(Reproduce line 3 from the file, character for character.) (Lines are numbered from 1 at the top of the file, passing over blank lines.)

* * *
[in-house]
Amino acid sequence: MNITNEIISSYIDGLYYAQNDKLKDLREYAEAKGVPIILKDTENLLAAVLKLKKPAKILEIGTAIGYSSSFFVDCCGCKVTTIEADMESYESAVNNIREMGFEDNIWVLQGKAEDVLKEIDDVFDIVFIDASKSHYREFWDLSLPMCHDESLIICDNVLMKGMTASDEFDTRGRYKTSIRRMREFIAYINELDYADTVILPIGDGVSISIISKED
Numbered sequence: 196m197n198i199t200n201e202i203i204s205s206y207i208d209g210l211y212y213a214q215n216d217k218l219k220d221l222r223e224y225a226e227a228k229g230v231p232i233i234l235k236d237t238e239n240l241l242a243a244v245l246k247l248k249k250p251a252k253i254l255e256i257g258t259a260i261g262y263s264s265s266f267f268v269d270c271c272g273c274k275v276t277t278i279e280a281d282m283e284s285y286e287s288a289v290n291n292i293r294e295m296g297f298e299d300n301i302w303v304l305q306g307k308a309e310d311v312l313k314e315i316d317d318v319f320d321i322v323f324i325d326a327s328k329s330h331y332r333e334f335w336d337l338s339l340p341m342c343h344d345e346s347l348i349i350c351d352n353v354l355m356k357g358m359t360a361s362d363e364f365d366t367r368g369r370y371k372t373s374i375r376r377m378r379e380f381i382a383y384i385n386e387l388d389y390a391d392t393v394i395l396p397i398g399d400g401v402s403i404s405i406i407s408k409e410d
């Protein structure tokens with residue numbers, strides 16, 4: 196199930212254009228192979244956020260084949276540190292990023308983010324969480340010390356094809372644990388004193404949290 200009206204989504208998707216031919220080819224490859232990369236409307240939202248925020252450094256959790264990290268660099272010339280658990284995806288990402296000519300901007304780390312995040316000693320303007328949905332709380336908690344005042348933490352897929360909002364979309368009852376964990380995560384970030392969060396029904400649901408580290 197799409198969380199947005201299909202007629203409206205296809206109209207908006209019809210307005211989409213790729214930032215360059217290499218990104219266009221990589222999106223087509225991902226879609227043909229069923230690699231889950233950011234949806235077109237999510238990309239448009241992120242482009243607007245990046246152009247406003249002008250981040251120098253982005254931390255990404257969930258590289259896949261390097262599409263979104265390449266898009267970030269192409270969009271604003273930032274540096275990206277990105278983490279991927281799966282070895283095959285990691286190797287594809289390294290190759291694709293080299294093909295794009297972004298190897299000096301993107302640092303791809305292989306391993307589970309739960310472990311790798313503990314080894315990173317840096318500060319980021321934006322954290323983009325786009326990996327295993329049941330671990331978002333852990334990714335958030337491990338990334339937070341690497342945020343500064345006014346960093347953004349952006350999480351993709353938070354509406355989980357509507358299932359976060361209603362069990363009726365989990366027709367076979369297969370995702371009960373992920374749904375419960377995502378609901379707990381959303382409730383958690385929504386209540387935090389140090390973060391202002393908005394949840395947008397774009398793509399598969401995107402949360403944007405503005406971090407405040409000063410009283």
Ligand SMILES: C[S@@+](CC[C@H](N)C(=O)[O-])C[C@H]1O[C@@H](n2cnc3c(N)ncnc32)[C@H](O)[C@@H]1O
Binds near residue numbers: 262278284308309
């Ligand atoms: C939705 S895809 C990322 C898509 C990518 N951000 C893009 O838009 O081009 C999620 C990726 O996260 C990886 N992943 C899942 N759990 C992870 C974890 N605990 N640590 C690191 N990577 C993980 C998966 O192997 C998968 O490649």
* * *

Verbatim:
Numbered sequence: 196m197n198i199t200n201e202i203i204s205s206y207i208d209g210l211y212y213a214q215n216d217k218l219k220d221l222r223e224y225a226e227a228k229g230v231p232i233i234l235k236d237t238e239n240l241l242a243a244v245l246k247l248k249k250p251a252k253i254l255e256i257g258t259a260i261g262y263s264s265s266f267f268v269d270c271c272g273c274k275v276t277t278i279e280a281d282m283e284s285y286e287s288a289v290n291n292i293r294e295m296g297f298e299d300n301i302w303v304l305q306g307k308a309e310d311v312l313k314e315i316d317d318v319f320d321i322v323f324i325d326a327s328k329s330h331y332r333e334f335w336d337l338s339l340p341m342c343h344d345e346s347l348i349i350c351d352n353v354l355m356k357g358m359t360a361s362d363e364f365d366t367r368g369r370y371k372t373s374i375r376r377m378r379e380f381i382a383y384i385n386e387l388d389y390a391d392t393v394i395l396p397i398g399d400g401v402s403i404s405i406i407s408k409e410d